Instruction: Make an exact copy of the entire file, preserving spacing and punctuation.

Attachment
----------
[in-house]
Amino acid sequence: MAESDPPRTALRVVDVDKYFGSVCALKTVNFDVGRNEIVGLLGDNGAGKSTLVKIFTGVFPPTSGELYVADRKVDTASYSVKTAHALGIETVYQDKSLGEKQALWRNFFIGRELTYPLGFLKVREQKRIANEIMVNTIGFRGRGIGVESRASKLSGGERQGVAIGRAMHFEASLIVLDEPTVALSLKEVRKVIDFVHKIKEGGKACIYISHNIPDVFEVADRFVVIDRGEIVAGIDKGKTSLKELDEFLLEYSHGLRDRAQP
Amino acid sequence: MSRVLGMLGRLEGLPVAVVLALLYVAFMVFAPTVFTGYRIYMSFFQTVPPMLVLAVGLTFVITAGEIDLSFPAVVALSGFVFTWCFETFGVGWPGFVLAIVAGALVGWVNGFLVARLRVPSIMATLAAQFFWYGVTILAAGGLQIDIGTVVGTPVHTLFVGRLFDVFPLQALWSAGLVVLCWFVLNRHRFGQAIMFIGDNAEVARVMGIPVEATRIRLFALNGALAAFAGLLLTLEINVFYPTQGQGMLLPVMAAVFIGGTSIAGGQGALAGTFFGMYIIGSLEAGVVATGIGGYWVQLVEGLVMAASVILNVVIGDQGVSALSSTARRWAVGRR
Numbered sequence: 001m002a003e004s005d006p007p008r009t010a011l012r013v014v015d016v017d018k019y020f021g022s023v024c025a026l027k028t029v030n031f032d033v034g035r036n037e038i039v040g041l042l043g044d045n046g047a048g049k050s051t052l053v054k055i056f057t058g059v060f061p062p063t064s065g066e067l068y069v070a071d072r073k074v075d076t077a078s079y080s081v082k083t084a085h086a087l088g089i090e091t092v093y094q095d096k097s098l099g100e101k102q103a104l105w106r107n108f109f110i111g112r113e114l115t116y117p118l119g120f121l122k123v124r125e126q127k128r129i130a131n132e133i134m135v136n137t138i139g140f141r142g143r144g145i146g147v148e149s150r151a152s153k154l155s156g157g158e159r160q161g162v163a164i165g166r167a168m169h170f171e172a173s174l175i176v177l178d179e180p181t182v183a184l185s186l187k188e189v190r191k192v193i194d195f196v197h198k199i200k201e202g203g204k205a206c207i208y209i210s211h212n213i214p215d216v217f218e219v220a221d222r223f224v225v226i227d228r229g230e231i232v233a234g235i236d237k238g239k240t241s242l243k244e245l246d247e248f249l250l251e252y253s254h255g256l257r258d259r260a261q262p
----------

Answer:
[in-house]
Amino acid sequence: MAESDPPRTALRVVDVDKYFGSVCALKTVNFDVGRNEIVGLLGDNGAGKSTLVKIFTGVFPPTSGELYVADRKVDTASYSVKTAHALGIETVYQDKSLGEKQALWRNFFIGRELTYPLGFLKVREQKRIANEIMVNTIGFRGRGIGVESRASKLSGGERQGVAIGRAMHFEASLIVLDEPTVALSLKEVRKVIDFVHKIKEGGKACIYISHNIPDVFEVADRFVVIDRGEIVAGIDKGKTSLKELDEFLLEYSHGLRDRAQP
Amino acid sequence: MSRVLGMLGRLEGLPVAVVLALLYVAFMVFAPTVFTGYRIYMSFFQTVPPMLVLAVGLTFVITAGEIDLSFPAVVALSGFVFTWCFETFGVGWPGFVLAIVAGALVGWVNGFLVARLRVPSIMATLAAQFFWYGVTILAAGGLQIDIGTVVGTPVHTLFVGRLFDVFPLQALWSAGLVVLCWFVLNRHRFGQAIMFIGDNAEVARVMGIPVEATRIRLFALNGALAAFAGLLLTLEINVFYPTQGQGMLLPVMAAVFIGGTSIAGGQGALAGTFFGMYIIGSLEAGVVATGIGGYWVQLVEGLVMAASVILNVVIGDQGVSALSSTARRWAVGRR
Numbered sequence: 001m002a003e004s005d006p007p008r009t010a011l012r013v014v015d016v017d018k019y020f021g022s023v024c025a026l027k028t029v030n031f032d033v034g035r036n037e038i039v040g041l042l043g044d045n046g047a048g049k050s051t052l053v054k055i056f057t058g059v060f061p062p063t064s065g066e067l068y069v070a071d072r073k074v075d076t077a078s079y080s081v082k083t084a085h086a087l088g089i090e091t092v093y094q095d096k097s098l099g100e101k102q103a104l105w106r107n108f109f110i111g112r113e114l115t116y117p118l119g120f121l122k123v124r125e126q127k128r129i130a131n132e133i134m135v136n137t138i139g140f141r142g143r144g145i146g147v148e149s150r151a152s153k154l155s156g157g158e159r160q161g162v163a164i165g166r167a168m169h170f171e172a173s174l175i176v177l178d179e180p181t182v183a184l185s186l187k188e189v190r191k192v193i194d195f196v197h198k199i200k201e202g203g204k205a206c207i208y209i210s211h212n213i214p215d216v217f218e219v220a221d222r223f224v225v226i227d228r229g230e231i232v233a234g235i236d237k238g239k240t241s242l243k244e245l246d247e248f249l250l251e252y253s254h255g256l257r258d259r260a261q262p